The project now includes a new website and newly published educational materials in addition to the studies conducted in war regions. More than 225 researchers have taken part in the programme so far. (View website

The United Nations has also named Environmental Peacebuilding as a solution for protecting natural resources

 in war regions. The goal of Environmental Peacebuilding is to implement natural resource management in all stages of preventing and reducing the dangers of wars, reaching ceasefire and truce as well as rebuilding the war-hit regions.

Clearing Weapons of War

Another important aspect of war in relation to the environment is the destruction of weapons left behind without causing more damage to the natural surroundings. As a case in point, Syria is currently undergoing a large-scale operation in this regard. The Organization for the Prohibition of Chemical Weapons, which was awarded the Nobel Peace Prize in 2013, is currently in the process of eliminating all chemical weapons and their production facilities inside the country.
In addition to chemical and nuclear weapons, which have irreparable effects on humans and the environment, landmines also cause great environmental hazards.

Iran and Afghanistan are among the most land mine-ridden areas in the world. Still, 20 years after the end of the Iran-Iraq War, land mines take a human toll in the western and southern regions of Iran. Most recently, on October 18 in the town of Marivan, seven children were injured by an explosion. Despite the land mine-clearing efforts along the border regions since 1987, many other regions in Iran are still affected.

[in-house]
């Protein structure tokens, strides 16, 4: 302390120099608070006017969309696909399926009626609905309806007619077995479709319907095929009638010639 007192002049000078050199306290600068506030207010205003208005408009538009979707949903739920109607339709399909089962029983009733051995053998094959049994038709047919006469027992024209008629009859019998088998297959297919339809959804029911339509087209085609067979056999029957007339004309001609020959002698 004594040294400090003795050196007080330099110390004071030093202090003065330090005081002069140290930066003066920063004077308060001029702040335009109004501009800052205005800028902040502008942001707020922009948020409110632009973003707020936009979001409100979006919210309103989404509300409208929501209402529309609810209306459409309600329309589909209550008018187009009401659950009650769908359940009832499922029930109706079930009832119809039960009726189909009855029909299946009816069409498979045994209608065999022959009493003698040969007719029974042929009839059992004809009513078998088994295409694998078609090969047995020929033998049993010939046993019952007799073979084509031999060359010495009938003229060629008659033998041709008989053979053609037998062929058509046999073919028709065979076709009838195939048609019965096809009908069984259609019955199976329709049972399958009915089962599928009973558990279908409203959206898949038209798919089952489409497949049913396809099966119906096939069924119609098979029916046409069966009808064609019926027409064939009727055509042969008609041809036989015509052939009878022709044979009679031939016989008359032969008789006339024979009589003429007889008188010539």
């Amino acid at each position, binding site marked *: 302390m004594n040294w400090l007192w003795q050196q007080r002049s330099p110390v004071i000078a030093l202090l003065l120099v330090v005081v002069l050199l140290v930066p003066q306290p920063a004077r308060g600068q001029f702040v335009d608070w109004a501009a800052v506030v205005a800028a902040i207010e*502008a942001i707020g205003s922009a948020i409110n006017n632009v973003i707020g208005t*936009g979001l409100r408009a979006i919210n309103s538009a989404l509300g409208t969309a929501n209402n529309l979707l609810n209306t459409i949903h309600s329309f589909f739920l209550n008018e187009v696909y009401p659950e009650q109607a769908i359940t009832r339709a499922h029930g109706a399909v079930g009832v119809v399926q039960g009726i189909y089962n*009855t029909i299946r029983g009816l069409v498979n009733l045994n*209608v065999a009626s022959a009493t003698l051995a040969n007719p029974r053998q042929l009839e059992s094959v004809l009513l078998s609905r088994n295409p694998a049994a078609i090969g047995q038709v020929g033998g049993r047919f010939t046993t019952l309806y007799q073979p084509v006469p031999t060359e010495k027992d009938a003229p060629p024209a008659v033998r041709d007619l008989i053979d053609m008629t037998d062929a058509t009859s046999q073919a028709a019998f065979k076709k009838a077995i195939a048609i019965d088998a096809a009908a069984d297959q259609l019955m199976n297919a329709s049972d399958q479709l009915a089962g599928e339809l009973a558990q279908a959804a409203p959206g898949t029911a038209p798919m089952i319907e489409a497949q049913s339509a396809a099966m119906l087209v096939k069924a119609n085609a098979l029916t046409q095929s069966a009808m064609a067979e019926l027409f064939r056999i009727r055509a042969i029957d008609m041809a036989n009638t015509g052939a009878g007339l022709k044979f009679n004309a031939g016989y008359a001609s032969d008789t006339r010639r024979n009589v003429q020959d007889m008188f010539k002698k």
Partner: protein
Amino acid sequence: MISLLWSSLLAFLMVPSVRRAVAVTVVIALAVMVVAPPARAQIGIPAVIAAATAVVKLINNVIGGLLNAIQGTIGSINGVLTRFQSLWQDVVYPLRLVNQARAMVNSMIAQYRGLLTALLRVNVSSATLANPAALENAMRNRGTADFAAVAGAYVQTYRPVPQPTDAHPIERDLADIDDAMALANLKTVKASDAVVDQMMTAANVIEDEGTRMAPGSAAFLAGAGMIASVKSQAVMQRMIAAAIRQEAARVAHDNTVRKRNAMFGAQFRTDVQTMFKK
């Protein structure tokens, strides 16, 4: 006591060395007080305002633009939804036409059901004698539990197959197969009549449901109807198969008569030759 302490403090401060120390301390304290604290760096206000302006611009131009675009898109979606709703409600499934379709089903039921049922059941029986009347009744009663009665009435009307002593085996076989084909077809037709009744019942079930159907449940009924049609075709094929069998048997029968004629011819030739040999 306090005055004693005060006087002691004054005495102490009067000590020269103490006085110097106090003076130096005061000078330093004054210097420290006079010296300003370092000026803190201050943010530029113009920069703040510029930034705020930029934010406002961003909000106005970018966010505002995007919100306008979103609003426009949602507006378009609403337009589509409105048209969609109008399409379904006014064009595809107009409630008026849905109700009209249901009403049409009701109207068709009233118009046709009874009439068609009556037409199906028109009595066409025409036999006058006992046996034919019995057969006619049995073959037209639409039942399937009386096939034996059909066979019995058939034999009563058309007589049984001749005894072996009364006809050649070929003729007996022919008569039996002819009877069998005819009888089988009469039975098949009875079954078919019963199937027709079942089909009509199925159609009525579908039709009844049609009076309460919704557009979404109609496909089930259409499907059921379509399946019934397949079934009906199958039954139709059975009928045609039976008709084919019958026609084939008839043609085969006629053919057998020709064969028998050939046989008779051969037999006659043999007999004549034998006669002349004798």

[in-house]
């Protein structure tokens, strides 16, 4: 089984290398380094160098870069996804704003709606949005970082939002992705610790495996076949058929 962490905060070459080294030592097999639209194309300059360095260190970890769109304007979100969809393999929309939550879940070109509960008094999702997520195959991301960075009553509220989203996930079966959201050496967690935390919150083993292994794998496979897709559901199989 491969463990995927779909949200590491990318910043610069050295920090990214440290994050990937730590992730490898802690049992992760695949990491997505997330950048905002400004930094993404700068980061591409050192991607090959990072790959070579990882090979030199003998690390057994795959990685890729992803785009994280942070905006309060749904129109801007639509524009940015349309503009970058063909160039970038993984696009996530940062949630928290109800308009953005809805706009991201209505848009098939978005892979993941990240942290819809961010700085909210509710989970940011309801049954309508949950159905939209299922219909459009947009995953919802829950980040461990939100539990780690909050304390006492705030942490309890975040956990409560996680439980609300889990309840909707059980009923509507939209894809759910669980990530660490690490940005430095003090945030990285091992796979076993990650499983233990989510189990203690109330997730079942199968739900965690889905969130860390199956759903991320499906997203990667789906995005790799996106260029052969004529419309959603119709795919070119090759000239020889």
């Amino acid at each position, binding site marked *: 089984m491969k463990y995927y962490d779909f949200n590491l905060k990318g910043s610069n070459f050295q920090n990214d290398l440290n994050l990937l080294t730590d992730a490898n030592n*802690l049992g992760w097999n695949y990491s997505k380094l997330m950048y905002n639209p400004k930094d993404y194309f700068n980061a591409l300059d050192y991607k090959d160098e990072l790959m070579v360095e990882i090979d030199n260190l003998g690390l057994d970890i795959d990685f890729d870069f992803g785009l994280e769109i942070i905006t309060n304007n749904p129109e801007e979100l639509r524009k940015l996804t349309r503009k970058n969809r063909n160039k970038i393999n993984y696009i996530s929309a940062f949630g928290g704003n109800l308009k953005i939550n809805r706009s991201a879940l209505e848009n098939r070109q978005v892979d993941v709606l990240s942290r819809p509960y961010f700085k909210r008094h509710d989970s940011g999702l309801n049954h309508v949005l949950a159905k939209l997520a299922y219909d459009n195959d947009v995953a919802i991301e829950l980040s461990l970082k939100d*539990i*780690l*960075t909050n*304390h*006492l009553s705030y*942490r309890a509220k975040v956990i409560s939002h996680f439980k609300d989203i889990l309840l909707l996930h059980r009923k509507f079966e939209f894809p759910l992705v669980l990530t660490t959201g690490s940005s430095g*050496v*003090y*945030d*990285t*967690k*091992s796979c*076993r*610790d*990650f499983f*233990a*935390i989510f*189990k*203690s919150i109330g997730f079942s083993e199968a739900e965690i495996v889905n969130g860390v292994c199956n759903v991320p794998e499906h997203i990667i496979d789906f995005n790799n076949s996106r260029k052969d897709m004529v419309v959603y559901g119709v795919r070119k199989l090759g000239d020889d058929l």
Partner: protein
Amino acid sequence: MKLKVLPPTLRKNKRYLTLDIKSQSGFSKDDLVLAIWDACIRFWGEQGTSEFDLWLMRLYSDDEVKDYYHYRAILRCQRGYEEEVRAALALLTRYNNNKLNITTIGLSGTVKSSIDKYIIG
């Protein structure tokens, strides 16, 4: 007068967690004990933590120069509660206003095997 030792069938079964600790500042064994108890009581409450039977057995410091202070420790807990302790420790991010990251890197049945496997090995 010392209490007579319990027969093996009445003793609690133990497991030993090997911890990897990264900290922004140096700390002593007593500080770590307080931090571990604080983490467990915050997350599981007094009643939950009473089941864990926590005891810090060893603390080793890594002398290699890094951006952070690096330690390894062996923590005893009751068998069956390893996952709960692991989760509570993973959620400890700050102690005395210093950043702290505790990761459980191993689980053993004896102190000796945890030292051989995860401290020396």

In addition to harbouring land mine clusters, Afghanistan has also lost almost half of its forests in the provinces of Nangarhar, Kunar and Nuristan during the long periods of civil wars. Based on a 2003 report by UNEP, 50% of Afghanistan's wild pistachio trees have been cut to sell their wood. About 80% of the livelihood of Afghanistan’s people is derived through natural resources. Years of war and the lack of safety, in addition to weak management and the annihilation of traditional methods of using natural resources, have all put Afghanistan in a precarious position.

Environmental Crimes and Criminal Gangs

On the occasion of November 6, a global conference was held in Nairobi, Kenya to discuss crimes related to the environment. The unlawful hunting of rare animal species, which has been classified as an environmental crime, has become a global problem. It has been estimated that armed terrorist groups earn between $15 million and $20 million a year by poaching such animals as elephants and rhinoceros, and they regularly use these resources as a source of income. Similarly, an estimated 11 million to 26 million tons of fish and other marine creatures are caught illegally each year. On many African shores, illegal fishing and trapping sites are under the protection of armed factions combating each other or the central governments. United Nations investigations reveal that criminal gangs and armed groups are behind the exploitation of natural resources in many regions in crisis.



Translated from the Persian original